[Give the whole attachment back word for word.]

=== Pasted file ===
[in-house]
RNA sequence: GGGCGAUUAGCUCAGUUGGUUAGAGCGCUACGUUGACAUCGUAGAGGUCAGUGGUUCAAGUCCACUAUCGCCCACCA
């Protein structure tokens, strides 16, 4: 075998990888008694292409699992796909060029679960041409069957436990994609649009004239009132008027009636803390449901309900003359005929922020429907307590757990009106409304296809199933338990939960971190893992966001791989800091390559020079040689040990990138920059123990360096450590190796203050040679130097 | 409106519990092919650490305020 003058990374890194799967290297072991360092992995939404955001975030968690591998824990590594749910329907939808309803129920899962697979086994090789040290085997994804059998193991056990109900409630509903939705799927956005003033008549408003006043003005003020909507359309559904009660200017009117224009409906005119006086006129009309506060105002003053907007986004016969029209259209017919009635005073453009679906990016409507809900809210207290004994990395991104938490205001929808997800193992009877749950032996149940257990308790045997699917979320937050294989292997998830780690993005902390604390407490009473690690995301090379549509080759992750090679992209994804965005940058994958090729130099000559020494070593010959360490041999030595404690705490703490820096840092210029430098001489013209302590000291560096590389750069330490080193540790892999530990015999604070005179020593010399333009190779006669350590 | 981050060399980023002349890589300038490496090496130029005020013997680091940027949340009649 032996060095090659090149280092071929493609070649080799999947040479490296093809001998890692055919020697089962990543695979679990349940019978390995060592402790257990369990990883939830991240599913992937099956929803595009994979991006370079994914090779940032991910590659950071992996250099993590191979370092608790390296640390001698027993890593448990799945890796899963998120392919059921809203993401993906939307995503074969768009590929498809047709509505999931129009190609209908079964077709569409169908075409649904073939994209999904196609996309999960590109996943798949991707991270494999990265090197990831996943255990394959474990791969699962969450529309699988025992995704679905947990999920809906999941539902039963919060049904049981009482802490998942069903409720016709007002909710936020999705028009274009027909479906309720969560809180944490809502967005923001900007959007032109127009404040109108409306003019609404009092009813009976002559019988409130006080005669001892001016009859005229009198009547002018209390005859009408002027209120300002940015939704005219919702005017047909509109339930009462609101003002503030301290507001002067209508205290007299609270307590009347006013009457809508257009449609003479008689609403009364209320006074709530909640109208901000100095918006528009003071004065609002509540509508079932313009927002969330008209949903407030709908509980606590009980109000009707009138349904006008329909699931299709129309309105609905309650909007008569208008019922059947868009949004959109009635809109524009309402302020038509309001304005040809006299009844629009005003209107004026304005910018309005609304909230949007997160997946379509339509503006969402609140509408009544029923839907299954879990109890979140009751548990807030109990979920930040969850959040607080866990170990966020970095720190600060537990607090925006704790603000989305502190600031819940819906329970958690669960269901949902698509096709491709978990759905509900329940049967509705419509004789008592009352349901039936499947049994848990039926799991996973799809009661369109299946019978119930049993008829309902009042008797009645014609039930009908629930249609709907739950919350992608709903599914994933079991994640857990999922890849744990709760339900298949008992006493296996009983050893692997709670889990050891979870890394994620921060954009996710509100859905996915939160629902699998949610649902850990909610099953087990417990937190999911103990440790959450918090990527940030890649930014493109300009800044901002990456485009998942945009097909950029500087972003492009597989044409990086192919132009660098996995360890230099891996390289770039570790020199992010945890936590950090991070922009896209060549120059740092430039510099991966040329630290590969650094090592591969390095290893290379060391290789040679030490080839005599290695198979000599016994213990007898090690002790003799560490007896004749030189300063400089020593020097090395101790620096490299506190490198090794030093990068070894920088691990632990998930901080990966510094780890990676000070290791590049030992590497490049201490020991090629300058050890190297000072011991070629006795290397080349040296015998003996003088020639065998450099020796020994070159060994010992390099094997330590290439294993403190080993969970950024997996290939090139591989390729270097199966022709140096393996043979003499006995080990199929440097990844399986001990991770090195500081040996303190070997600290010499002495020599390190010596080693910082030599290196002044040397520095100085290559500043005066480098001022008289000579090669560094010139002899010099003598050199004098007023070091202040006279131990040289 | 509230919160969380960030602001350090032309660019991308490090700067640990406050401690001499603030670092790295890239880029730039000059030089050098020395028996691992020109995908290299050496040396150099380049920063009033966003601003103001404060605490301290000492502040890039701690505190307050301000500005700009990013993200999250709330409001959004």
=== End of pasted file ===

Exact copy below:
[in-house]
RNA sequence: GGGCGAUUAGCUCAGUUGGUUAGAGCGCUACGUUGACAUCGUAGAGGUCAGUGGUUCAAGUCCACUAUCGCCCACCA
């Protein structure tokens, strides 16, 4: 075998990888008694292409699992796909060029679960041409069957436990994609649009004239009132008027009636803390449901309900003359005929922020429907307590757990009106409304296809199933338990939960971190893992966001791989800091390559020079040689040990990138920059123990360096450590190796203050040679130097 | 409106519990092919650490305020 003058990374890194799967290297072991360092992995939404955001975030968690591998824990590594749910329907939808309803129920899962697979086994090789040290085997994804059998193991056990109900409630509903939705799927956005003033008549408003006043003005003020909507359309559904009660200017009117224009409906005119006086006129009309506060105002003053907007986004016969029209259209017919009635005073453009679906990016409507809900809210207290004994990395991104938490205001929808997800193992009877749950032996149940257990308790045997699917979320937050294989292997998830780690993005902390604390407490009473690690995301090379549509080759992750090679992209994804965005940058994958090729130099000559020494070593010959360490041999030595404690705490703490820096840092210029430098001489013209302590000291560096590389750069330490080193540790892999530990015999604070005179020593010399333009190779006669350590 | 981050060399980023002349890589300038490496090496130029005020013997680091940027949340009649 032996060095090659090149280092071929493609070649080799999947040479490296093809001998890692055919020697089962990543695979679990349940019978390995060592402790257990369990990883939830991240599913992937099956929803595009994979991006370079994914090779940032991910590659950071992996250099993590191979370092608790390296640390001698027993890593448990799945890796899963998120392919059921809203993401993906939307995503074969768009590929498809047709509505999931129009190609209908079964077709569409169908075409649904073939994209999904196609996309999960590109996943798949991707991270494999990265090197990831996943255990394959474990791969699962969450529309699988025992995704679905947990999920809906999941539902039963919060049904049981009482802490998942069903409720016709007002909710936020999705028009274009027909479906309720969560809180944490809502967005923001900007959007032109127009404040109108409306003019609404009092009813009976002559019988409130006080005669001892001016009859005229009198009547002018209390005859009408002027209120300002940015939704005219919702005017047909509109339930009462609101003002503030301290507001002067209508205290007299609270307590009347006013009457809508257009449609003479008689609403009364209320006074709530909640109208901000100095918006528009003071004065609002509540509508079932313009927002969330008209949903407030709908509980606590009980109000009707009138349904006008329909699931299709129309309105609905309650909007008569208008019922059947868009949004959109009635809109524009309402302020038509309001304005040809006299009844629009005003209107004026304005910018309005609304909230949007997160997946379509339509503006969402609140509408009544029923839907299954879990109890979140009751548990807030109990979920930040969850959040607080866990170990966020970095720190600060537990607090925006704790603000989305502190600031819940819906329970958690669960269901949902698509096709491709978990759905509900329940049967509705419509004789008592009352349901039936499947049994848990039926799991996973799809009661369109299946019978119930049993008829309902009042008797009645014609039930009908629930249609709907739950919350992608709903599914994933079991994640857990999922890849744990709760339900298949008992006493296996009983050893692997709670889990050891979870890394994620921060954009996710509100859905996915939160629902699998949610649902850990909610099953087990417990937190999911103990440790959450918090990527940030890649930014493109300009800044901002990456485009998942945009097909950029500087972003492009597989044409990086192919132009660098996995360890230099891996390289770039570790020199992010945890936590950090991070922009896209060549120059740092430039510099991966040329630290590969650094090592591969390095290893290379060391290789040679030490080839005599290695198979000599016994213990007898090690002790003799560490007896004749030189300063400089020593020097090395101790620096490299506190490198090794030093990068070894920088691990632990998930901080990966510094780890990676000070290791590049030992590497490049201490020991090629300058050890190297000072011991070629006795290397080349040296015998003996003088020639065998450099020796020994070159060994010992390099094997330590290439294993403190080993969970950024997996290939090139591989390729270097199966022709140096393996043979003499006995080990199929440097990844399986001990991770090195500081040996303190070997600290010499002495020599390190010596080693910082030599290196002044040397520095100085290559500043005066480098001022008289000579090669560094010139002899010099003598050199004098007023070091202040006279131990040289 | 509230919160969380960030602001350090032309660019991308490090700067640990406050401690001499603030670092790295890239880029730039000059030089050098020395028996691992020109995908290299050496040396150099380049920063009033966003601003103001404060605490301290000492502040890039701690505190307050301000500005700009990013993200999250709330409001959004």